My husband and I had been married for eight years when I gave birth to our first child. Two years later, his brother was born. Eighteen months later, their sister. And less than two years after that, we started the adoption process and soon brought home a daughter.
"You're busy," people would remark, eyeing me with my children. I never knew whether the comment was tinged with pity or admiration.
Yes, I was busy. But, more significantly, I was evolving into a different person. No longer the dreamy, walk-taking, tea-drinking, poem-writing person who baked her own bread, I had become a woman barreling down the aisles at the grocery store, baby in sling, toddlers fastened into cart. After years of toting children on my hip, my forearms had begun to resemble Popeye the Sailor's.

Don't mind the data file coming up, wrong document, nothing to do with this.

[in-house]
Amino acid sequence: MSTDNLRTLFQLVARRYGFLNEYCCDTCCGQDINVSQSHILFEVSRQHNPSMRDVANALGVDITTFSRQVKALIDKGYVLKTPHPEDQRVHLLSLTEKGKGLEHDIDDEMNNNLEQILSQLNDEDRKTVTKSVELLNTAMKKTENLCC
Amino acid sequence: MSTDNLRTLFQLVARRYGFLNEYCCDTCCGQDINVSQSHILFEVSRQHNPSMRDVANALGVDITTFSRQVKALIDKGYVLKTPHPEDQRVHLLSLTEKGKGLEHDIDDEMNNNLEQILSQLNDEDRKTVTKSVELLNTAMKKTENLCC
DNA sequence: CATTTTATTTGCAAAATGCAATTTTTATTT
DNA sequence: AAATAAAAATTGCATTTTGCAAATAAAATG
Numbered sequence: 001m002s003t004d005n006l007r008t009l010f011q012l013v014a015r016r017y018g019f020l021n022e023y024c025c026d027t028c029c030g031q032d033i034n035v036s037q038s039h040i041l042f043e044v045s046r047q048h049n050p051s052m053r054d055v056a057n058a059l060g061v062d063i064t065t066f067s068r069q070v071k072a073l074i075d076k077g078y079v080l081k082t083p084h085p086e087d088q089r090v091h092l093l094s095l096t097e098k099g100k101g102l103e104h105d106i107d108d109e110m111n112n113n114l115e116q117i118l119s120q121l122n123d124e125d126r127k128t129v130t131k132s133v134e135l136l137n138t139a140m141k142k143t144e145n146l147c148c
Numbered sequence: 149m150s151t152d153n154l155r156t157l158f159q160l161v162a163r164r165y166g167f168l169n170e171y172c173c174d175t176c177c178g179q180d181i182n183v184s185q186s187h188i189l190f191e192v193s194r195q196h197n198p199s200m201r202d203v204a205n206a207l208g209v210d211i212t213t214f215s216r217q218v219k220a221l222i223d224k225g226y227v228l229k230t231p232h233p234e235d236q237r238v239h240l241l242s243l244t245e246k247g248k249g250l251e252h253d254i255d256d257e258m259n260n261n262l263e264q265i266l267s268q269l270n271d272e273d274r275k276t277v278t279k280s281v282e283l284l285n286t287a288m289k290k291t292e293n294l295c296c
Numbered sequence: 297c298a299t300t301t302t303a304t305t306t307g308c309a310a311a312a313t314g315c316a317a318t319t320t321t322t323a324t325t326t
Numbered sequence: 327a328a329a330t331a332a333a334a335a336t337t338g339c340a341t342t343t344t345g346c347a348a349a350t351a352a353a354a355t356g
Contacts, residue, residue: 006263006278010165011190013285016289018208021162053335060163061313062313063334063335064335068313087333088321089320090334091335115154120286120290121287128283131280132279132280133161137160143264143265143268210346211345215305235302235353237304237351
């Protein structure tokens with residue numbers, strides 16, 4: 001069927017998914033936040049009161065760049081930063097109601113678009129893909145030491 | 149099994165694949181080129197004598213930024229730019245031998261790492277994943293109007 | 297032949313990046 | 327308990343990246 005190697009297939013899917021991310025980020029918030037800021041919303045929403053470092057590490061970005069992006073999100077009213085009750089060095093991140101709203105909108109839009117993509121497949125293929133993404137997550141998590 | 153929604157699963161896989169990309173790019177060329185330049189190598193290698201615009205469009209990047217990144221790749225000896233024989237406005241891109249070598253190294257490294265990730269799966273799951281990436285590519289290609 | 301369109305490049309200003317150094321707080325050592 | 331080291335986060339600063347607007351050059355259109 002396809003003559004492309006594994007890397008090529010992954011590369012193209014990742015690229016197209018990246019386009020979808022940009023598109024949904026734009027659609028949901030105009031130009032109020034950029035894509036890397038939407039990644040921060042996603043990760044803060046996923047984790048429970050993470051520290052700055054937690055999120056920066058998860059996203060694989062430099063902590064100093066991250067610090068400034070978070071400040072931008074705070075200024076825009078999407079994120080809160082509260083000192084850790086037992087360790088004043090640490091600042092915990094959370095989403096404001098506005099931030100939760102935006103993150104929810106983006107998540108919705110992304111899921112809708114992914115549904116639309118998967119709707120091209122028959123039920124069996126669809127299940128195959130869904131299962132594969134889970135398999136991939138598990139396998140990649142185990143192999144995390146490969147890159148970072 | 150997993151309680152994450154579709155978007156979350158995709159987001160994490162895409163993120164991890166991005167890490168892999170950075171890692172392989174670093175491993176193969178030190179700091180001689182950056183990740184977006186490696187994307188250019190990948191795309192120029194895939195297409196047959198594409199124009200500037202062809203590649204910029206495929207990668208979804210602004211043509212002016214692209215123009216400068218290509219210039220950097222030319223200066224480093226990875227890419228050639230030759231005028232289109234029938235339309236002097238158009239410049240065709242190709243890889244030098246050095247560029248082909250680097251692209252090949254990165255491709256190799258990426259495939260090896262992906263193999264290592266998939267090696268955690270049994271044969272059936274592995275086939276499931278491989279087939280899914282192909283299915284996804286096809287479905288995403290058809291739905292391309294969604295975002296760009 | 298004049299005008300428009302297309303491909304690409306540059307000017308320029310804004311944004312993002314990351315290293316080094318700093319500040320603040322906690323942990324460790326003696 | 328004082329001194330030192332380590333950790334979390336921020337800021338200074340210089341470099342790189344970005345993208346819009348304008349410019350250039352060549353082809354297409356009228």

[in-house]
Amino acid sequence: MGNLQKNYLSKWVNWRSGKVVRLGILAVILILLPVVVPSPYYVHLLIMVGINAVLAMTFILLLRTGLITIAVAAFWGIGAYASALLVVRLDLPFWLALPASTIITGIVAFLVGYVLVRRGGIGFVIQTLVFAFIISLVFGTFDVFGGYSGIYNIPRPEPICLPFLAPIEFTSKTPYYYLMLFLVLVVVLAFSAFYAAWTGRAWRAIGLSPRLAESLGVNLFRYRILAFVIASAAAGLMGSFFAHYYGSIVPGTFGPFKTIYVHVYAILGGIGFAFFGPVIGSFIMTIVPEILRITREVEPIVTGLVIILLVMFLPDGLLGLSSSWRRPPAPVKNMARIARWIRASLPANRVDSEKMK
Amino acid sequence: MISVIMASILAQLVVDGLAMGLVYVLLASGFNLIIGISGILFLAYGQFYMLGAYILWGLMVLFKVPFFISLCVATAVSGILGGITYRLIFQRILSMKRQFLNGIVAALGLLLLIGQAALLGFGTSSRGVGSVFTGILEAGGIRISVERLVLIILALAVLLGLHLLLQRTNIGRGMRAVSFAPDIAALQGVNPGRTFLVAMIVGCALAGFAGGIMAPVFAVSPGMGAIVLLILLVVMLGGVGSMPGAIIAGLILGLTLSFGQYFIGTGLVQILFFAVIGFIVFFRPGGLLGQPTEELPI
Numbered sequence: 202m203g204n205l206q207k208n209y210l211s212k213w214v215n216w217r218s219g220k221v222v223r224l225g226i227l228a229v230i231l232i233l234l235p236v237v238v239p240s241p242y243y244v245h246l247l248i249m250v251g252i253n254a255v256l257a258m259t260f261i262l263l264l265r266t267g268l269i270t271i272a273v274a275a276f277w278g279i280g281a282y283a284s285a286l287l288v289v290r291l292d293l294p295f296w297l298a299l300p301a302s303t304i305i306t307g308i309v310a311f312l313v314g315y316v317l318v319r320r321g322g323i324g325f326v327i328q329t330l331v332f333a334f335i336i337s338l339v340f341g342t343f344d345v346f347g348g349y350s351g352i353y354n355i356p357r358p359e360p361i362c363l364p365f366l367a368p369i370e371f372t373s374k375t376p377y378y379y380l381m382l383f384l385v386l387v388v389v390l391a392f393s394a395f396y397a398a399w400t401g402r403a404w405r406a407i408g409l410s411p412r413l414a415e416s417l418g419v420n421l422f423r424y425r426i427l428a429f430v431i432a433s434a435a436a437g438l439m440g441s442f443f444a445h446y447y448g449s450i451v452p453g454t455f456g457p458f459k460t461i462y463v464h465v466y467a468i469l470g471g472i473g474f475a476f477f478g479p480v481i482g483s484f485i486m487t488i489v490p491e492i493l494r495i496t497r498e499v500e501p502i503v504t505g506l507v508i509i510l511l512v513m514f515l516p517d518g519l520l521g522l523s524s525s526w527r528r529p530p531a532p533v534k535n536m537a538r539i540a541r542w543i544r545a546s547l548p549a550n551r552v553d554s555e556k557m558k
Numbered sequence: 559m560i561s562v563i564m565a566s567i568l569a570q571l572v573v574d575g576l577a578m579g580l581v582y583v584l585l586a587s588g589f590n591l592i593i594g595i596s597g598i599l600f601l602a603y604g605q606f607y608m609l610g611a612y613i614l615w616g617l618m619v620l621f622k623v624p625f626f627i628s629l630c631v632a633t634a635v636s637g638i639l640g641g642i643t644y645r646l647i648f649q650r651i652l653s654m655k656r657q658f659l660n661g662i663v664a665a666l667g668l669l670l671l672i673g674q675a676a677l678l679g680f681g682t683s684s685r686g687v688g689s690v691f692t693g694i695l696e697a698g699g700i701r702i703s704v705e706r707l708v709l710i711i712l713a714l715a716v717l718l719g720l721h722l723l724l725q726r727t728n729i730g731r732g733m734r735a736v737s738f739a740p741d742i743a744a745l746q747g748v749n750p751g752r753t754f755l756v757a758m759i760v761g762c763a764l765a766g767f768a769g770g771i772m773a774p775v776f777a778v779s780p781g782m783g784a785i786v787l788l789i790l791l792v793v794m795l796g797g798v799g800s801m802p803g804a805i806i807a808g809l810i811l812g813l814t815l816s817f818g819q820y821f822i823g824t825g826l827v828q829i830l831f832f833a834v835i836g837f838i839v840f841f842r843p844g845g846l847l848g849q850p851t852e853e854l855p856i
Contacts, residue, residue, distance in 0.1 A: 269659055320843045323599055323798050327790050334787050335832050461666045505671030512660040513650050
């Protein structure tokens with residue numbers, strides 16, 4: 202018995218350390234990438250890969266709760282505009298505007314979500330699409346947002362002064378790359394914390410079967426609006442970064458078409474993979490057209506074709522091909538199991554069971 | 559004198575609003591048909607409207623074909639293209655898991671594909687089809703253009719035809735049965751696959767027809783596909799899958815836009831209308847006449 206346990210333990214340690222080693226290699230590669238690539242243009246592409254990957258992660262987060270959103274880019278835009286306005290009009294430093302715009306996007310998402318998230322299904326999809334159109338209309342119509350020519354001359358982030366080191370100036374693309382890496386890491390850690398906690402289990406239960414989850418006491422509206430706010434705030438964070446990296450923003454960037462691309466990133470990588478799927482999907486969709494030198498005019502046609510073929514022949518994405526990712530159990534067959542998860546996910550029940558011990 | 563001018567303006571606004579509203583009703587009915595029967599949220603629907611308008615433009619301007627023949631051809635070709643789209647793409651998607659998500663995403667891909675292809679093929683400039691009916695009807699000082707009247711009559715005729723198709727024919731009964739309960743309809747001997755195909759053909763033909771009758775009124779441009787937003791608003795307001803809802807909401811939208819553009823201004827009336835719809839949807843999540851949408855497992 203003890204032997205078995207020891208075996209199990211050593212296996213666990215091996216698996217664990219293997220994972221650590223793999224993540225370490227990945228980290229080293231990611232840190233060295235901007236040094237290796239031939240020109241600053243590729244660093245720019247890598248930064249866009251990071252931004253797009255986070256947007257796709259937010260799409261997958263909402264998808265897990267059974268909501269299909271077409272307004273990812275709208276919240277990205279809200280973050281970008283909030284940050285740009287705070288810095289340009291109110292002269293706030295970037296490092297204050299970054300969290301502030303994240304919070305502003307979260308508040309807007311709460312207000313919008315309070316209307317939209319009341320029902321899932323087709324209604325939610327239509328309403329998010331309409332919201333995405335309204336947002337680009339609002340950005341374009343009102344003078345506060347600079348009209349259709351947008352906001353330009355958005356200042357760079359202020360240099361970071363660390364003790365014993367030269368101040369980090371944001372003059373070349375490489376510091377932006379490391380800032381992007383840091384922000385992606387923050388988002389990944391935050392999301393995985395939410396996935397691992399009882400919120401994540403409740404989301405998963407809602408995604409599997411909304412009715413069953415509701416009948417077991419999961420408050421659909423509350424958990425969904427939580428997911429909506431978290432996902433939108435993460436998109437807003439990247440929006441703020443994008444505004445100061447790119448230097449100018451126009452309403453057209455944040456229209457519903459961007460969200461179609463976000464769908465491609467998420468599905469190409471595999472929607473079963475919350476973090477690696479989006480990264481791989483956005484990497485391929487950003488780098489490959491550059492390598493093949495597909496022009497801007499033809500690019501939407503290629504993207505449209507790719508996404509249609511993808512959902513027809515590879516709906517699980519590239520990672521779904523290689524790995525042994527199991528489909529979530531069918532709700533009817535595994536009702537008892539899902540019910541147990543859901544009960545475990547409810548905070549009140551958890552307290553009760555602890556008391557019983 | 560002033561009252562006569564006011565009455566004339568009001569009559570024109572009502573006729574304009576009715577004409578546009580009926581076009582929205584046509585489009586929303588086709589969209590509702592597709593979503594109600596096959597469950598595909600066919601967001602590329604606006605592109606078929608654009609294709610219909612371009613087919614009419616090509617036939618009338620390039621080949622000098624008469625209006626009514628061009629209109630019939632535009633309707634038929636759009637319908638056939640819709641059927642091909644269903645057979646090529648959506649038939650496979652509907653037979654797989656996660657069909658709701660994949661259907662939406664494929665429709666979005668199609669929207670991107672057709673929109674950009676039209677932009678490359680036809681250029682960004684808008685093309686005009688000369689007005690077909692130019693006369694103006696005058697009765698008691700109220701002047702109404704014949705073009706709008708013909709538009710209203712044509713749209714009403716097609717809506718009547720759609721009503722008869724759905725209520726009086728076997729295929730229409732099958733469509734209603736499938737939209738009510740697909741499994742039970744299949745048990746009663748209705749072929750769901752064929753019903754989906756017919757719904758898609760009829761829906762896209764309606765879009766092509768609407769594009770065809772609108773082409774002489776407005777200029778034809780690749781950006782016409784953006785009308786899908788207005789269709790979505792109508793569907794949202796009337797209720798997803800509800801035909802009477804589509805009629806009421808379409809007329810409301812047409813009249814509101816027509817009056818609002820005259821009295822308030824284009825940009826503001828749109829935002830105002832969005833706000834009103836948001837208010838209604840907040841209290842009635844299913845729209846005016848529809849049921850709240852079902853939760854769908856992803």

And I wasn't just busy with the kids. Like many "at-home" mothers, I had part-time work and volunteer responsibilities at church and my children's schools. Meanwhile, I was making Herculean efforts to stay close to my husband and friends. I found myself setting up interviews for a newspaper story, ordering curriculum, and making reminder calls from my cell phone in the grocery store—while, of course, keeping the kids in sight, buying food for the week, and stopping to compare the prices of varieties of pears.
In short, I learned to multitask.
In recent years, of course, we've learned that it is actually impossible to multitask. Study after study after study chide us for believing we can make our brains do more than one thing at a time. "A core limitation [of the human brain] is an inability to concentrate on two things at once," says René Marois, a neuroscientist at Vanderbilt University. When we are multitasking, we are actually just switching ...1
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